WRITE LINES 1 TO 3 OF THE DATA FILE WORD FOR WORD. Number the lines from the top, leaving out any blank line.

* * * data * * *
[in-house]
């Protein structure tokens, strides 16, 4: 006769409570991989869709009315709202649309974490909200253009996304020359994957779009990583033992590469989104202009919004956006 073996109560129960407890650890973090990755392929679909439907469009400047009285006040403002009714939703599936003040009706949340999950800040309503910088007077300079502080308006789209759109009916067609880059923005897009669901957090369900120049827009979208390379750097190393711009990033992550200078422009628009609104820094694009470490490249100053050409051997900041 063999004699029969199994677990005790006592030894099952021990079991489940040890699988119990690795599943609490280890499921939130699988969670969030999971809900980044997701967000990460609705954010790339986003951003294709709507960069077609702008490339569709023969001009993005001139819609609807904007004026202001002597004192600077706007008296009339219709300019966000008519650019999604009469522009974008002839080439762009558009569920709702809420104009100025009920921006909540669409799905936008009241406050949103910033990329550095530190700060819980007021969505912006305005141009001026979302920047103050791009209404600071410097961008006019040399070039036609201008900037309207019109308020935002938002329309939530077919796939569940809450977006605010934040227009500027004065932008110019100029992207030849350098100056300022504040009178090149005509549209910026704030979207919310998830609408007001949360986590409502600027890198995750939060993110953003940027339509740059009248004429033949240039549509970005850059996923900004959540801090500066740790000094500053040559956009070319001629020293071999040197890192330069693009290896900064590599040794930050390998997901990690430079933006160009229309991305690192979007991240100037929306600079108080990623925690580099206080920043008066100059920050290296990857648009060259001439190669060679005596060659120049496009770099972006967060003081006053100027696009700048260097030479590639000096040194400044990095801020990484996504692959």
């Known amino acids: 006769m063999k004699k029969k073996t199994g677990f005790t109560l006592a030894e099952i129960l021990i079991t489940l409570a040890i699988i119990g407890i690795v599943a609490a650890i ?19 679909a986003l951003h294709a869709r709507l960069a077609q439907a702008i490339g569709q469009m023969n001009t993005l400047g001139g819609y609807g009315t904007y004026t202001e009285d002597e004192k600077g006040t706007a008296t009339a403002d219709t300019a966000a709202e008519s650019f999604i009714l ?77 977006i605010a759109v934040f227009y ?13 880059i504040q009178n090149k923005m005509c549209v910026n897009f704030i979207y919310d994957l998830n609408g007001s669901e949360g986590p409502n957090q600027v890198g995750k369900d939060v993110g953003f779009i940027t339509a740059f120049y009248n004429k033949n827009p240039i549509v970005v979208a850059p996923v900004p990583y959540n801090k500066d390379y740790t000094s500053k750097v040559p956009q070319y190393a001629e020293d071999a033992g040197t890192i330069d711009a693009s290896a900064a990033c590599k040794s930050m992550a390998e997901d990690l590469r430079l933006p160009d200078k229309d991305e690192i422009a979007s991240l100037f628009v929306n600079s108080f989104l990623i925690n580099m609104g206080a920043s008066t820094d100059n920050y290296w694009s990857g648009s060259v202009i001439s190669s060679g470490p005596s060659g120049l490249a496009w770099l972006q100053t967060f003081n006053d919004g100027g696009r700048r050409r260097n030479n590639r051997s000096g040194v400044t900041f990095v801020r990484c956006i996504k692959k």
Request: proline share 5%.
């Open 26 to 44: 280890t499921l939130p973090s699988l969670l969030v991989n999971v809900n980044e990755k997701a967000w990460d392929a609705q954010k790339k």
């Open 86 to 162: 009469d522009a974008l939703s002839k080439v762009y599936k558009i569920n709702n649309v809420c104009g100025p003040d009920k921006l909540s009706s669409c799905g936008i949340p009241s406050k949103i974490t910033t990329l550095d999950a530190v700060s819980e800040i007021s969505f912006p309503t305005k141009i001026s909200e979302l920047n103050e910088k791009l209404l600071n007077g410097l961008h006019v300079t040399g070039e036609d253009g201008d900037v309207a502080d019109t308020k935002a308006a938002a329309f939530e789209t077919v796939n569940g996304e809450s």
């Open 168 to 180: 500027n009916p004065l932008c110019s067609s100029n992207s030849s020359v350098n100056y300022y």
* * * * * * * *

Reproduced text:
[in-house]
């Protein structure tokens, strides 16, 4: 006769409570991989869709009315709202649309974490909200253009996304020359994957779009990583033992590469989104202009919004956006 073996109560129960407890650890973090990755392929679909439907469009400047009285006040403002009714939703599936003040009706949340999950800040309503910088007077300079502080308006789209759109009916067609880059923005897009669901957090369900120049827009979208390379750097190393711009990033992550200078422009628009609104820094694009470490490249100053050409051997900041 063999004699029969199994677990005790006592030894099952021990079991489940040890699988119990690795599943609490280890499921939130699988969670969030999971809900980044997701967000990460609705954010790339986003951003294709709507960069077609702008490339569709023969001009993005001139819609609807904007004026202001002597004192600077706007008296009339219709300019966000008519650019999604009469522009974008002839080439762009558009569920709702809420104009100025009920921006909540669409799905936008009241406050949103910033990329550095530190700060819980007021969505912006305005141009001026979302920047103050791009209404600071410097961008006019040399070039036609201008900037309207019109308020935002938002329309939530077919796939569940809450977006605010934040227009500027004065932008110019100029992207030849350098100056300022504040009178090149005509549209910026704030979207919310998830609408007001949360986590409502600027890198995750939060993110953003940027339509740059009248004429033949240039549509970005850059996923900004959540801090500066740790000094500053040559956009070319001629020293071999040197890192330069693009290896900064590599040794930050390998997901990690430079933006160009229309991305690192979007991240100037929306600079108080990623925690580099206080920043008066100059920050290296990857648009060259001439190669060679005596060659120049496009770099972006967060003081006053100027696009700048260097030479590639000096040194400044990095801020990484996504692959």
């Known amino acids: 006769m063999k004699k029969k073996t199994g677990f005790t109560l006592a030894e099952i129960l021990i079991t489940l409570a040890i699988i119990g407890i690795v599943a609490a650890i ?19 679909a986003l951003h294709a869709r709507l960069a077609q439907a702008i490339g569709q469009m023969n001009t993005l400047g001139g819609y609807g009315t904007y004026t202001e009285d002597e004192k600077g006040t706007a008296t009339a403002d219709t300019a966000a709202e008519s650019f999604i009714l ?77 977006i605010a759109v934040f227009y ?13 880059i504040q009178n090149k923005m005509c549209v910026n897009f704030i979207y919310d994957l998830n609408g007001s669901e949360g986590p409502n957090q600027v890198g995750k369900d939060v993110g953003f779009i940027t339509a740059f120049y009248n004429k033949n827009p240039i549509v970005v979208a850059p996923v900004p990583y959540n801090k500066d390379y740790t000094s500053k750097v040559p956009q070319y190393a001629e020293d071999a033992g040197t890192i330069d711009a693009s290896a900064a990033c590599k040794s930050m992550a390998e997901d990690l590469r430079l933006p160009d200078k229309d991305e690192i422009a979007s991240l100037f628009v929306n600079s108080f989104l990623i925690n580099m609104g206080a920043s008066t820094d100059n920050y290296w694009s990857g648009s060259v202009i001439s190669s060679g470490p005596s060659g120049l490249a496009w770099l972006q100053t967060f003081n006053d919004g100027g696009r700048r050409r260097n030479n590639r051997s000096g040194v400044t900041f990095v801020r990484c956006i996504k692959k």